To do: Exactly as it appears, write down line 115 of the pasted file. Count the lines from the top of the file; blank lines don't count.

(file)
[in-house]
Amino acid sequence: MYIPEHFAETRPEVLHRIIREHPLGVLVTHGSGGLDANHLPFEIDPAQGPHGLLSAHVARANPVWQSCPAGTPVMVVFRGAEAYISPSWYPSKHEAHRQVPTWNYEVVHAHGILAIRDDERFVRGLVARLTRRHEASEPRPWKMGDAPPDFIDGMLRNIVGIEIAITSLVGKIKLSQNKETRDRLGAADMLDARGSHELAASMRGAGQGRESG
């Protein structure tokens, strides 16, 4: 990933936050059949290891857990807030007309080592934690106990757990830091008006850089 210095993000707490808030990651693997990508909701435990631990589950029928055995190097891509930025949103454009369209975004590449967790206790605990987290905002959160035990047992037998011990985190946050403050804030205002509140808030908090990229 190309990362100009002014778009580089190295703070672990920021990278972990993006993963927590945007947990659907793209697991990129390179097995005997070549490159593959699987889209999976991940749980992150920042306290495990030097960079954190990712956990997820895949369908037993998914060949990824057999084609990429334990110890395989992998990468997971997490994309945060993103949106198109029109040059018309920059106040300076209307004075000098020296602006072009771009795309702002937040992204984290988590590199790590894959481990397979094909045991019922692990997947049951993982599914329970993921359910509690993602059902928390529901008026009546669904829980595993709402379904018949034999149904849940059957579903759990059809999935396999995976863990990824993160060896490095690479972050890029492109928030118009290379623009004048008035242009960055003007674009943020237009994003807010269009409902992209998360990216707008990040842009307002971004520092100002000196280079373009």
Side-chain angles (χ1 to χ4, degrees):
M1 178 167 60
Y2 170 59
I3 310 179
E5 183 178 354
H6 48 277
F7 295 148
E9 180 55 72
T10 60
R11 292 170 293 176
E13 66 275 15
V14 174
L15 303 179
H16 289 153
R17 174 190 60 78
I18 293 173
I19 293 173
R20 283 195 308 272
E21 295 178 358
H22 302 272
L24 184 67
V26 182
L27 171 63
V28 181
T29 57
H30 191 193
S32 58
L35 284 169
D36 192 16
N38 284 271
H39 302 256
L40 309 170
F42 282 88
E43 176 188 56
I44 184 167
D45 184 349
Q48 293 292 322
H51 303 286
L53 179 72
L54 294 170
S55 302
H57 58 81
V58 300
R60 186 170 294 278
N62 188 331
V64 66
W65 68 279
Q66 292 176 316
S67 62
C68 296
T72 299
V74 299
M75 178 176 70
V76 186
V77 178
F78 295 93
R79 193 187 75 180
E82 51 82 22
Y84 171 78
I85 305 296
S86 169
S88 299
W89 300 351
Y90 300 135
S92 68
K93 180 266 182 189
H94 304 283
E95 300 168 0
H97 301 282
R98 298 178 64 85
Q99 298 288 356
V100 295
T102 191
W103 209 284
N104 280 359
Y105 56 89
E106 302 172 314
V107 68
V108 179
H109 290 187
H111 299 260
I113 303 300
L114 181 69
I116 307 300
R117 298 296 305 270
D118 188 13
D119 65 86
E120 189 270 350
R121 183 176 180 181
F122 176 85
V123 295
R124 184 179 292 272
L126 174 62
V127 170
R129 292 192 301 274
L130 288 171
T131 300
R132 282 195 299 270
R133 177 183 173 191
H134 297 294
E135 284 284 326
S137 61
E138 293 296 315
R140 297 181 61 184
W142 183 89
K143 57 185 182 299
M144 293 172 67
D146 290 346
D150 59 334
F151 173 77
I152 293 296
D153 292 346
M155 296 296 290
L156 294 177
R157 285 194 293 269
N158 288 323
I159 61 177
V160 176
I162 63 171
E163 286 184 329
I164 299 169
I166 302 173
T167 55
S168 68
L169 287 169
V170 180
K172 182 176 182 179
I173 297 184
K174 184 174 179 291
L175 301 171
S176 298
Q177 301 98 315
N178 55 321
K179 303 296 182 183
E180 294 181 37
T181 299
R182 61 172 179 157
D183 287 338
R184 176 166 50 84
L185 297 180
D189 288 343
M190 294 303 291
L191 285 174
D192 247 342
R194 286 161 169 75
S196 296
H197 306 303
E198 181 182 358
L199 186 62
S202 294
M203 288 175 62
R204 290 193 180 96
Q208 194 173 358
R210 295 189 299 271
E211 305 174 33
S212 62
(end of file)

D153 292 346